U.S. Drug War Failure Costly in Colombia
|January 9, 2007||Posted by Staff under Progress Report, The Progress Report|
War Destroying Prosperity
Conflict hurts Colombian economy
The U.S.-funded war in Colombia continues to fail to stop the drug trade. On the other hand, the war is being very successful at ruining the Colombian economy and destroying civilians’ lives and hopes for the future. Here are some excerpts from a recent Financial Times article.
by James Wilson
Mauricio could hardly be a more typical Bogota taxi driver: a bright computer science student who had to drop out because he could not pay the university fees. Now he drives for a 12-hour shift and goes straight off to work as a nightwatchman. His wife, a trained accountant, sells clothes.
Circumstances like these are all too common in Colombia, which used to lead Latin America for economic performance. These days, after its worst recession and with investment paralysed by fear of escalating armed conflict, the impoverished country has lost ground on its neighbours and feels more like a dropout with a bleak future.
Urban unemployment has rocketed from 9 per cent in 1994 to around 20 per cent. The younger generation of urban Colombians is especially hard hit. Some 35 per cent of those aged 18 to 24 are jobless.
Many here believe the economic crisis has aggravated the conflict, with the meagre salaries and subsistence offered by guerrilla and paramilitary groups an increasingly attractive option. Over the past two years, paramilitary numbers have grown from 4,500 to 8,150 and guerrilla forces have risen 16 per cent to more than 17,000, according to the government.
Javier Fernandez Riva, an economic analyst in Bogota, says: “Increasing unemployment is giving an unnecessary advantage to the guerrilla. It antagonises and distances people.”
Recent research for the Bogota-based Fedesarrollo think tank found youth unemployment among society’s poorest 10 per cent reached a staggering 62 per cent last year – “a serious problem for law and order”, says the report.
Common crime is rising after a downward trend through most of the 1990s, says Jairo Nunez, a researcher at Los Andes university’s Centre for Economic Development Studies. “There is a clear relationship: the biggest factor influencing crime figures is unemployment.”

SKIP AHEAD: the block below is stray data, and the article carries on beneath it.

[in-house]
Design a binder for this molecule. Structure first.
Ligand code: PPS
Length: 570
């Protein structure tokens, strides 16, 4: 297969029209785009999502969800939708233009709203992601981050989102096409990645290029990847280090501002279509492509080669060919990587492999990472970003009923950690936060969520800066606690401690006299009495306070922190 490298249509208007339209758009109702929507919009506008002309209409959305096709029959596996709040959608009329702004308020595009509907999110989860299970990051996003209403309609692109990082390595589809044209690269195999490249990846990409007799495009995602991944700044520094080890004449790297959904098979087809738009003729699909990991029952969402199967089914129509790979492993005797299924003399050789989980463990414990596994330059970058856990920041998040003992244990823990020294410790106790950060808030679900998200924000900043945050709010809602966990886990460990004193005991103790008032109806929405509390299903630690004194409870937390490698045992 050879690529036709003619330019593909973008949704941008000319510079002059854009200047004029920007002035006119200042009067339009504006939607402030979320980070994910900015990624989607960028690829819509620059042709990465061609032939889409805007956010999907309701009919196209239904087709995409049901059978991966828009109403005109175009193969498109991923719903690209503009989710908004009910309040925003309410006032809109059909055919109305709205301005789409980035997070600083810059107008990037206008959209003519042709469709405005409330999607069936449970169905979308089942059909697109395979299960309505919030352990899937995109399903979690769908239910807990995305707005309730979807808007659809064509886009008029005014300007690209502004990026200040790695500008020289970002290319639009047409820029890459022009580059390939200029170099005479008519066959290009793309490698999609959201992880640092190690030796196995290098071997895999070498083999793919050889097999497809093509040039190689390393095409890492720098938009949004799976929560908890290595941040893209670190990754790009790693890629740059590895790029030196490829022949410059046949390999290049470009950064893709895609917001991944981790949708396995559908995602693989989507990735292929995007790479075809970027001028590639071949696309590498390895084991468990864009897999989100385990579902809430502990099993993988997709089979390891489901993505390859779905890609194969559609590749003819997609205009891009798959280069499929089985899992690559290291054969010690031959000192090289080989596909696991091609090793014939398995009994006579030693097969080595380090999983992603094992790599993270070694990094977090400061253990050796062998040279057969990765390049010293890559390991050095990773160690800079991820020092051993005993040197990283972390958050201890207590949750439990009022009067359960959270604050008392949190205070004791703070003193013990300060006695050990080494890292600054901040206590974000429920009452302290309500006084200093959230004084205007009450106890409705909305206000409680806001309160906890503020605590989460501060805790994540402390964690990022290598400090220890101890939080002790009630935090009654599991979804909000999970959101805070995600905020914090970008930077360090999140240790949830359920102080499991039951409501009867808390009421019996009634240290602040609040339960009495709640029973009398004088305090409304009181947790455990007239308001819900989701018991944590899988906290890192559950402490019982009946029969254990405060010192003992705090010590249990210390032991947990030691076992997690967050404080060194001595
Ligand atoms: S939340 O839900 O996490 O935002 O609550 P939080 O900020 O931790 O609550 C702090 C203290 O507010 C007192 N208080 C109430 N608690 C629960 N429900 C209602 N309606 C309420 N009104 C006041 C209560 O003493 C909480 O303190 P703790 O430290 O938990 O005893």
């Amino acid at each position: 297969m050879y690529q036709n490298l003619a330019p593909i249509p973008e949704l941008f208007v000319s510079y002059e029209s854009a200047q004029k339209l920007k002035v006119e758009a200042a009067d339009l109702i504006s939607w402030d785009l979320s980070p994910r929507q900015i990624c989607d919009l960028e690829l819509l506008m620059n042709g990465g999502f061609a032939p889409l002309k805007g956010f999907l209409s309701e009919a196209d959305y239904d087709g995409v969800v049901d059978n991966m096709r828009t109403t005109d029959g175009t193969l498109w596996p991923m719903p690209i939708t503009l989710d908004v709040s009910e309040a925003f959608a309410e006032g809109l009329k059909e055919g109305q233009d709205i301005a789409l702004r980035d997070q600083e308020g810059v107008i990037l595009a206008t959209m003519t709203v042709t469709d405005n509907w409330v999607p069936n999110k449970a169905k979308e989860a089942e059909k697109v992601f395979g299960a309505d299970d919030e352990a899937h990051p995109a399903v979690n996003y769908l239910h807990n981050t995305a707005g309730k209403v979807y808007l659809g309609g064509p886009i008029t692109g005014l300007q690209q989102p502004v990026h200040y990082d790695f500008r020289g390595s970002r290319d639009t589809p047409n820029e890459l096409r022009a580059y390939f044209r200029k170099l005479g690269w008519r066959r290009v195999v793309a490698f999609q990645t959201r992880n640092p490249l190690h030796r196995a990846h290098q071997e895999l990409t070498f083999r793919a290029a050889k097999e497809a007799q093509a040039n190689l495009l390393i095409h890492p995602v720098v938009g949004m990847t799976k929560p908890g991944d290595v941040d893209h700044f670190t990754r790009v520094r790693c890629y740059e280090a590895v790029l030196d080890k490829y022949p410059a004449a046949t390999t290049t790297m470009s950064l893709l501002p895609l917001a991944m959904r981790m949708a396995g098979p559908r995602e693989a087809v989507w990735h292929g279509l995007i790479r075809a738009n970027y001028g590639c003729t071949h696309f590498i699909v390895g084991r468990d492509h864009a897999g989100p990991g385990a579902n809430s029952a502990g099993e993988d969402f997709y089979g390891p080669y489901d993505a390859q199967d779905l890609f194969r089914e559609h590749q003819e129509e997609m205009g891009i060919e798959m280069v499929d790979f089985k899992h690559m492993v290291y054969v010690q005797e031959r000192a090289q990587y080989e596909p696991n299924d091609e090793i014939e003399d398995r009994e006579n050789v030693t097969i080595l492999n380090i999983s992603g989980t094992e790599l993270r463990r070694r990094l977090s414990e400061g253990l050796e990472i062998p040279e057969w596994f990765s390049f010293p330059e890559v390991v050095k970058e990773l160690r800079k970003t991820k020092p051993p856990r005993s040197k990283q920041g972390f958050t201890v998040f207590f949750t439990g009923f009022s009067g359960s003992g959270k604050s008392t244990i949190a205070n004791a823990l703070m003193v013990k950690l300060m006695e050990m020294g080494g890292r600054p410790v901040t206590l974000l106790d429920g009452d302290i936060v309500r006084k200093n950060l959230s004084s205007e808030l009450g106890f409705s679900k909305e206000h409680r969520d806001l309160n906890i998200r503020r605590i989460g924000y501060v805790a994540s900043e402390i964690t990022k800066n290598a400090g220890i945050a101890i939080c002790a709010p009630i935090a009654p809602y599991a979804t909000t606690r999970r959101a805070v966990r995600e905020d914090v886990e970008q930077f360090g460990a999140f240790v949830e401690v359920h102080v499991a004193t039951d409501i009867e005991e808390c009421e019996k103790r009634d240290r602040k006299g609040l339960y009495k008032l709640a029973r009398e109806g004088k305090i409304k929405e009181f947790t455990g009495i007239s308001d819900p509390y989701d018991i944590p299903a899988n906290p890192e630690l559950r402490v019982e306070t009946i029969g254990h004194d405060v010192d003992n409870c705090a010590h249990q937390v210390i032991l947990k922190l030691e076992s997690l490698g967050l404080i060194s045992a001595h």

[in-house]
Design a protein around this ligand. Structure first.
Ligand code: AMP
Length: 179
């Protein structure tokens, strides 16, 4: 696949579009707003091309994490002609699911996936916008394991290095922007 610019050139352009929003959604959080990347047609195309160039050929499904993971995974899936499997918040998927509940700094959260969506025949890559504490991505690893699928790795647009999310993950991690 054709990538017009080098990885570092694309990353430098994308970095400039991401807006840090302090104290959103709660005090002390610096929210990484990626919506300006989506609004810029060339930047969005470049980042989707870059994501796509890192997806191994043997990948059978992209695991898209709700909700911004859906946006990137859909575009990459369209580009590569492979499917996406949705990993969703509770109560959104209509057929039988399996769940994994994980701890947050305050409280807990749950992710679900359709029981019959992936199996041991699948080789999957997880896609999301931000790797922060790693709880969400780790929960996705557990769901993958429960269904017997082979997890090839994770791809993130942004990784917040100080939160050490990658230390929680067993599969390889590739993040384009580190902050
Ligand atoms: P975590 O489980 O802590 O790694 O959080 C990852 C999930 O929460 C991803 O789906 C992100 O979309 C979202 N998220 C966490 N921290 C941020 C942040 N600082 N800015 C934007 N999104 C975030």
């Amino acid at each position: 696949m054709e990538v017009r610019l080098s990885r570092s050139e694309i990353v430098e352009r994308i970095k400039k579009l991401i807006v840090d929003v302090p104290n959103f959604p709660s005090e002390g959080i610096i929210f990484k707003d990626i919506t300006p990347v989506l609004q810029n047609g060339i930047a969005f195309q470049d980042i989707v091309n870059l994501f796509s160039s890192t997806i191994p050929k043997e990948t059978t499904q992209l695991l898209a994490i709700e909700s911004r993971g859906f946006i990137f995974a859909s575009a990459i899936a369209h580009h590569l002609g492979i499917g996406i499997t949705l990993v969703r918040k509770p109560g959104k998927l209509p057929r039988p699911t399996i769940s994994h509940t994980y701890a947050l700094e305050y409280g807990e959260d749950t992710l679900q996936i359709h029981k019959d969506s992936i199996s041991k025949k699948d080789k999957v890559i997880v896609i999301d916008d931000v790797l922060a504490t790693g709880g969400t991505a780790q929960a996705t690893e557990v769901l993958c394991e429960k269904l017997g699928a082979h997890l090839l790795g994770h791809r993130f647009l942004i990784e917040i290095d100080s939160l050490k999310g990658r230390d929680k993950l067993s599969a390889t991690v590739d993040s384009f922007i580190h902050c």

In the long term, says Mr Nunez, great damage is being done to the country’s human capital. Universities are struggling to recruit students, since more and more people cannot afford to study.
“There has been a big blow to attendance rates at all levels of education,” says Mr Nunez. “People are looking for work rather than studying and all it does is increase the unemployment rate. They are going from the classroom to the street.”
With the average period out of work for unemployed people now up to 11 months, many people are losing skills, complicating their search for jobs.
At the same time, since competition for jobs is bidding down wages, growing numbers of those that do have marketable skills are leaving the country in search of better opportunities: a further problem for Colombia’s future.
And the quality of employment has also suffered. Some 60 per cent of jobs are now classified as ‘informal’, compared with 52 per cent five years ago. That points to the growing numbers in what is already an army of street vendors, selling anything from furniture to paperbacks at traffic lights.
Just as worrying, few analysts believe the unemployment rate will improve quickly. Economic growth is not forecast to be strong enough to provide enough jobs for a growing workforce.
Despite the promises of Juan Manuel Santos, the finance minister – who on taking the post in July said his three top priorities were jobs, jobs and jobs – the government has been unable to do much to provide employment, hamstrung by fiscal problems that are forcing it to cut the public sector workforce.
The government does hope to employ 300,000 in temporary workschemes and provide training for 100,000 young unemployed as part of a $1bn social safety net financed largely by multilateral loans through until 2002.
But the scale of the challenge is daunting. According to the Fedesarrollo study, the country’s urban economy – where most jobs will be needed – needs to grow at 3.2 per cent annually just to maintain the jobless rate at its current high level by 2005, even without any real wage increases.
The study concludes that to cut unemployment in half by 2005 while raising real wages by 2 per cent annually, Colombia will need average urban economic growth of 7.1 per cent annually. Such a performance seems far out of reach unless the country can finally end its 36 years of civil conflict.
What a disaster, and this mess makes the USA look stupid. The escalating war kills people, stigmatizes the USA, wastes taxpayer money. There is no benefit in ruining the Colombian economy. What’s your opinion? Tell your views to The Progress Report!